At 48, Michael Eldridge stands five feet, eight inches tall and weighs 220 muscular pounds. A native of Falmouth, N.S., where he still lives, Eldridge spends a lot of his time lifting weights—he holds the current Canadian dead-lift record— and coaching others in the sport. Although he suffers from schizophrenia, Eldridge says his illness is no longer a major problem, thanks to antipsychotic drugs. But there was a time when the imaginary voices that he heard imperilled his life and frightened those around him. “When I was on my motorcycle,” he recalls, “the voices would tell me to shut my eyes and see how long I could keep them shut before I was killed. Or when I was washing dishes, the voices would tell me to stare at people while I was holding a knife.”
Eldridge recalls experiencing the symptoms of schizophrenia, including imaginary voices, before he was 16. In spite of that, he managed to finish high school but dropped out during his first year at Acadia University in Wolfville, where he was studying science. “I was too sick to be there,” says Eldridge. “I was aware all the time of a sense of unreality. It was like everything was
a dream.” After leaving Acadia, Eldridge fell into an aimless existence, playing chess compulsively, working at short-term jobs and getting involved with street drugs— LSD, amphetamines and marijuana. Then, in 1973, after taking LSD, Eldridge was arrested as he tried to hitchhike in the nude on a highway outside Halifax. He was subsequently committed to the Nova Scotia Hospital in Dartmouth, where doctors diagnosed him as schizophrenic and put him on antipsychotic medication for the first time. It proved to be a turning point. “It’s hard to go for help when you’re mentally ill,” says Eldridge, “because it means you’ve failed. It’s easier to say, ‘It’s just a problem I have. There’s nothing wrong with me.’ ”
Today, Eldridge lives on a disability pension in the house in Falmouth that belonged to his parents, who are both dead. “My doctors agree that schizophrenia is not a big problem for me now,” he says. “I don’t hear the voices any more. My biggest problem is that I was sick for more than 30 years and it left a big dent in my life.”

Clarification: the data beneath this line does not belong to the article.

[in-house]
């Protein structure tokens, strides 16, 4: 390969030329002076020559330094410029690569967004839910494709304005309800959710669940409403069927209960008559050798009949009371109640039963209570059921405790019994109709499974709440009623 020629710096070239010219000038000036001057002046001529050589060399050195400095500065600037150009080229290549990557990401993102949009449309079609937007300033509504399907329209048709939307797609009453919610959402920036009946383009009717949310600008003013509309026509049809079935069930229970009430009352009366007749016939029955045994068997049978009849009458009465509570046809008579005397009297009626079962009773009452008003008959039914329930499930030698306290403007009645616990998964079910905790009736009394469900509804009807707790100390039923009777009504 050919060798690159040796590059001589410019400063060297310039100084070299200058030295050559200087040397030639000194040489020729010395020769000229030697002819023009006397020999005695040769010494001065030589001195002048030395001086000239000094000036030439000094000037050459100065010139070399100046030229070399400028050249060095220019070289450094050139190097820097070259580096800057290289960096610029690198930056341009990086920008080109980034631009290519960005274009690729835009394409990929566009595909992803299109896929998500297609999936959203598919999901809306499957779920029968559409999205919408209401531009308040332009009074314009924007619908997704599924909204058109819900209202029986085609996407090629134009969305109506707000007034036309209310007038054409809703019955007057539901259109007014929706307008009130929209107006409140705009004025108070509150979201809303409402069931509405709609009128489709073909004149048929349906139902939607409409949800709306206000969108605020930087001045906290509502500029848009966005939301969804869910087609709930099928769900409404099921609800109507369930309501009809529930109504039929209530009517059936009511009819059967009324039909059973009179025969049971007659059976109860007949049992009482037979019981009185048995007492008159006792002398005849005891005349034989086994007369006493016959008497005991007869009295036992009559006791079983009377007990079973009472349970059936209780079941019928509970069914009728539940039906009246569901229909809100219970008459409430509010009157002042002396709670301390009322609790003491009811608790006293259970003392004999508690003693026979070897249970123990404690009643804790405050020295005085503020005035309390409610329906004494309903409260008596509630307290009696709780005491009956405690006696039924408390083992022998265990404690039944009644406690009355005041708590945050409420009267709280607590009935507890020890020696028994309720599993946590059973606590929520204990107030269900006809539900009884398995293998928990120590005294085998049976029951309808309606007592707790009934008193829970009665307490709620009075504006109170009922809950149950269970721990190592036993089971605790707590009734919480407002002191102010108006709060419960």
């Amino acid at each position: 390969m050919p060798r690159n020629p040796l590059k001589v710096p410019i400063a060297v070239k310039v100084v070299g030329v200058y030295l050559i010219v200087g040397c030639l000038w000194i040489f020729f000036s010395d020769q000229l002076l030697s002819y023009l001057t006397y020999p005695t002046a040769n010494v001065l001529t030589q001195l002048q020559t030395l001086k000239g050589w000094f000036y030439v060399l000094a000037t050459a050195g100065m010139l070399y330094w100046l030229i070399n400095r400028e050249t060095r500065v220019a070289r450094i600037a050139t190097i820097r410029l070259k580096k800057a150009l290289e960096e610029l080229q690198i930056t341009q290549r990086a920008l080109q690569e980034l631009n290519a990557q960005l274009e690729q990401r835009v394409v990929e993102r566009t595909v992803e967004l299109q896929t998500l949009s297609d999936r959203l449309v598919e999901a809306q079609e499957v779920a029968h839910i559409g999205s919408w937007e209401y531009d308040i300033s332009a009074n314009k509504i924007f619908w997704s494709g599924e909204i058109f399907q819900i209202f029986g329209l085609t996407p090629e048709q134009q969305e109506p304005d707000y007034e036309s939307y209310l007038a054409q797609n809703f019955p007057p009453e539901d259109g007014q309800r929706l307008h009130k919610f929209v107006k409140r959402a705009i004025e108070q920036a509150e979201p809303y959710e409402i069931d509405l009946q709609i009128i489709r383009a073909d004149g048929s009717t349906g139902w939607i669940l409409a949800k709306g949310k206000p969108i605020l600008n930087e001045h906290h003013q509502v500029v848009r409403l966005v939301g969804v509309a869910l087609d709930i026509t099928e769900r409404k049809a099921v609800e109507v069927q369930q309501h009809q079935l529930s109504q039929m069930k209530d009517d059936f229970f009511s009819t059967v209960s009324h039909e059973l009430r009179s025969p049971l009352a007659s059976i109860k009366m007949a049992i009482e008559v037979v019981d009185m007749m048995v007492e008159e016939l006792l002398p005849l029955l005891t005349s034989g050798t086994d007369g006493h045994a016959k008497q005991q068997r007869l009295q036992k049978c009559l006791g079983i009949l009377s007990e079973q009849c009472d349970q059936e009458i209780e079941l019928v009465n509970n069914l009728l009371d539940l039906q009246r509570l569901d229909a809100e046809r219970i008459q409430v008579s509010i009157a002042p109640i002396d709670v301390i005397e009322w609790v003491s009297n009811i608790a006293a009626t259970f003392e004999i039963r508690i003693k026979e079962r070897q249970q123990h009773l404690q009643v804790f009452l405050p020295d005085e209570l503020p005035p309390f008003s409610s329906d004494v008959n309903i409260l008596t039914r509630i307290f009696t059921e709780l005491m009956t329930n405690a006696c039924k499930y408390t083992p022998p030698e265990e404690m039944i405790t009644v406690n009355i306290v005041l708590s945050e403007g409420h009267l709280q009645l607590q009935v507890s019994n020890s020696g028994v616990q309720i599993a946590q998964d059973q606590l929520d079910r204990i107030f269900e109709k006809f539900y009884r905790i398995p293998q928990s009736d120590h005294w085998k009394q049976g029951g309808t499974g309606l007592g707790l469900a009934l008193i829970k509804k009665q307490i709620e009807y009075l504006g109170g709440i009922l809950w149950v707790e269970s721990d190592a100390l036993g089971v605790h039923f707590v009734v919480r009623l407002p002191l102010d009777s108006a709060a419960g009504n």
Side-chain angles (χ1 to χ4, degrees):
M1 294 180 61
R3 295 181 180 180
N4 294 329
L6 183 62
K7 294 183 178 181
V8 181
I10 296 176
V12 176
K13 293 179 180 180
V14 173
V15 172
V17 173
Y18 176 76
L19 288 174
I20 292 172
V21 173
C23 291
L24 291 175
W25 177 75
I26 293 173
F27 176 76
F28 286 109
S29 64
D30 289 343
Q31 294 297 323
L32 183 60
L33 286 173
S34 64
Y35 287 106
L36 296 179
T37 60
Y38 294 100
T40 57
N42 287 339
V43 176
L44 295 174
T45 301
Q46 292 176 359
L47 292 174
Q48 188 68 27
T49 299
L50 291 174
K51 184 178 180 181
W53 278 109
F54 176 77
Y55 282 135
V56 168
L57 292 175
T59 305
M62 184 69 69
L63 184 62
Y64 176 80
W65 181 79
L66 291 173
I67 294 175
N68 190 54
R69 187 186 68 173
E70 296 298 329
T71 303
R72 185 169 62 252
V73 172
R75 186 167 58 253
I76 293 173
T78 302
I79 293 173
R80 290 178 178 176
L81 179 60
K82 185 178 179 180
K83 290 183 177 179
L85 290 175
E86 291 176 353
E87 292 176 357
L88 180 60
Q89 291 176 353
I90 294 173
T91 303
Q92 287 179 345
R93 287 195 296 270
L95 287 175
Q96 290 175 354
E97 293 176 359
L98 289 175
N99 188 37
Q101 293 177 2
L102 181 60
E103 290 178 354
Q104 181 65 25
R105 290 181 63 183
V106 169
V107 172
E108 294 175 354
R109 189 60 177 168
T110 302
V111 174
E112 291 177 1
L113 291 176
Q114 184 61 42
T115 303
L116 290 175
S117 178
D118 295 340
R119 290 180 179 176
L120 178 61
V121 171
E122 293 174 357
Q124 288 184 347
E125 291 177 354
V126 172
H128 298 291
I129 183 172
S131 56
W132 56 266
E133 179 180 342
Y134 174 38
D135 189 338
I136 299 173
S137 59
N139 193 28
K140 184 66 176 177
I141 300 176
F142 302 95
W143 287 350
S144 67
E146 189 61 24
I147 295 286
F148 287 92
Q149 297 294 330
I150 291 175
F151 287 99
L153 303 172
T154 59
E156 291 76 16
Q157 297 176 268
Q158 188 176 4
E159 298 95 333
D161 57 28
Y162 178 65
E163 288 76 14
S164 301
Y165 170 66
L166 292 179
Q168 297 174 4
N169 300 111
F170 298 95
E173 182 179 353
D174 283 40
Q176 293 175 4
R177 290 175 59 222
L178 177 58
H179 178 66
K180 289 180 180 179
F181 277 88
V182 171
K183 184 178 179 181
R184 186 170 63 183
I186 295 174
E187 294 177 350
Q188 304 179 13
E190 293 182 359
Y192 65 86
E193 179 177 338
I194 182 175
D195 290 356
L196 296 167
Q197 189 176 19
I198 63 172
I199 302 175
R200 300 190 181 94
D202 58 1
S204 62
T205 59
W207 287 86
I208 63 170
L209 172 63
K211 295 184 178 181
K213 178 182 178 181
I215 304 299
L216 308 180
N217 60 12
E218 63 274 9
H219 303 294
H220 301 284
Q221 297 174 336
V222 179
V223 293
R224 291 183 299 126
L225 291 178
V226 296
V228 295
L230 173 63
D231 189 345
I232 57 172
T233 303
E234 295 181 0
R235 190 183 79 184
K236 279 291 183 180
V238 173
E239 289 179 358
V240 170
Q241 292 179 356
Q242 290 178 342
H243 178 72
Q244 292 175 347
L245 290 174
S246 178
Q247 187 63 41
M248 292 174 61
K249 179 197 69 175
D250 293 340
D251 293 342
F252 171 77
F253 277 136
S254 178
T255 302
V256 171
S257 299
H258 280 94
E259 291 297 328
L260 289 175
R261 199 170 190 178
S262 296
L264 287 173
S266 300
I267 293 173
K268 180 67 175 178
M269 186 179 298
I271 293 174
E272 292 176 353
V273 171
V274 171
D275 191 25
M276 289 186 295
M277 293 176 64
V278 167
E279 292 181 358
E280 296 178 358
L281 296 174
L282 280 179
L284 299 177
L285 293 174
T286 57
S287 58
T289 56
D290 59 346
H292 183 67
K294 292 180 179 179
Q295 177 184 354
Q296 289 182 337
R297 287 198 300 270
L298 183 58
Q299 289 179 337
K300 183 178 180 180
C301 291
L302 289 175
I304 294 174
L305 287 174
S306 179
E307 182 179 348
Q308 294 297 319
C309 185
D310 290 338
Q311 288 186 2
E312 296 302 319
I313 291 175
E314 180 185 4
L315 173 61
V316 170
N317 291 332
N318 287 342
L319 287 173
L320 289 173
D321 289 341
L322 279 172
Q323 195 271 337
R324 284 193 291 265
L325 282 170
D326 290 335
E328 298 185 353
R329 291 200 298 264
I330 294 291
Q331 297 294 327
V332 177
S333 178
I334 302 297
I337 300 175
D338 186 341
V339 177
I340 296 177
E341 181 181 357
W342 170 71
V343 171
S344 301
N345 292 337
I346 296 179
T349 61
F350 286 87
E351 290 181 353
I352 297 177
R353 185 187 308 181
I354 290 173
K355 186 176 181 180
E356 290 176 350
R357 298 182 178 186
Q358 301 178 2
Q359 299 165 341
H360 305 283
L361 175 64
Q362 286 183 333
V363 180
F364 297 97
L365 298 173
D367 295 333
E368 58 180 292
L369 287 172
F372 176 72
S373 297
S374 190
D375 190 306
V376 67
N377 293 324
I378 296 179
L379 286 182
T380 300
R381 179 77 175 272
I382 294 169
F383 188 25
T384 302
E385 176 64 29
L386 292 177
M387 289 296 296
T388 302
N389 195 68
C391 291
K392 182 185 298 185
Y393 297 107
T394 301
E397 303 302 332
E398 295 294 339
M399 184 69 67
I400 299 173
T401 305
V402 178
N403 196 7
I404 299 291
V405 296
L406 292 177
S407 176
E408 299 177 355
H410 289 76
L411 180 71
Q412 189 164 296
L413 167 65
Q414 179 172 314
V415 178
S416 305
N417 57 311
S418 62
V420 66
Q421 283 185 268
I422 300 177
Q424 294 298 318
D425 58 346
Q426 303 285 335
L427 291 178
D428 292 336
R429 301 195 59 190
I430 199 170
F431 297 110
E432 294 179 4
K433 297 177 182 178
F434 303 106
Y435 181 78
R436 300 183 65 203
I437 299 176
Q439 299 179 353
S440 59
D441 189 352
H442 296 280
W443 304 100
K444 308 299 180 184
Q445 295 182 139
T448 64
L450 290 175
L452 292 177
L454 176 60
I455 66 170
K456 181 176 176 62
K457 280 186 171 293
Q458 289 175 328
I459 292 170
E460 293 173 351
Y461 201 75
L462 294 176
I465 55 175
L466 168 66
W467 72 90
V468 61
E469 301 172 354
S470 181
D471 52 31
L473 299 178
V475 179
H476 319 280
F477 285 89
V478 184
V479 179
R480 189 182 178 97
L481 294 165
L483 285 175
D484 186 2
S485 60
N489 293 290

ing mentally ill, neither do they enjoy the severe side-effects that some experience with antipsychotic drugs; as a result, some advocates for the mentally ill argue that schizophrenics should be entitled to choose to remain psychotic. “Sometimes people decide they just can’t take it any longer,” says Catherine Medernach, a Manitoba mental health services consultant. “It’s tough on family members, who are concerned about their own comfort level. But the people they are worrying about are adults, and they’re entitled to make their own decisions.”
Others, however, concede that under some circumstances schizophrenics can benefit from having medication forced upon them. Charles Nabors, a 41-year-old Calgarian, was diagnosed as schizophrenic in 1986. After he stopped taking his drugs, he was committed to a mental hospital and given medication against his will. “It is an infringement of civil liberties,” says Nabors, “but in my case, it was beneficial to be locked up and put on medication. You can’t tell when you’re getting sick. It’s a disease of the brain and it’s very subtle.”
The debate over patients’ rights reflects the enormous change in attitudes towards mental illness. As recently as the 1950s, a young schizophrenic in the throes of his first psychotic episode would probably have been committed to a provincial mental hospital, sedated and placed in a locked ward. There, the patient might have been subjected to such primitive forms of treatment as being wrapped in wet sheets and injected with insulin—a practice that sometimes had a calming effect. In those days, schizophrenics might well remain in provincial hospitals for the rest of their lives. By the 1970s, a revolution had begun to transform the treatment of the seriously mentally ill in North America.
Armed with the knowledge that most schizophrenics— with the help of antipsychotic drugs and community services geared to their needs—could live better lives outside of institutions, Canada’s huge provincial mental hospitals released thousands of patients and closed down more than 32,500 beds between 1960 and 1976.
Now, thousands of mentally ill patients, many of them elderly, remain in provincial hospitals and other institutions on a long-term basis. But a large proportion of the schizophrenics living in apartments and group homes across the country still require readmission
to hospital—most frequently when they stop taking their drugs and suffer a relapse. All too often, patients who refuse treatment, or are turned away from overcrowded hospitals, wind up wandering the streets—and sometimes living on them.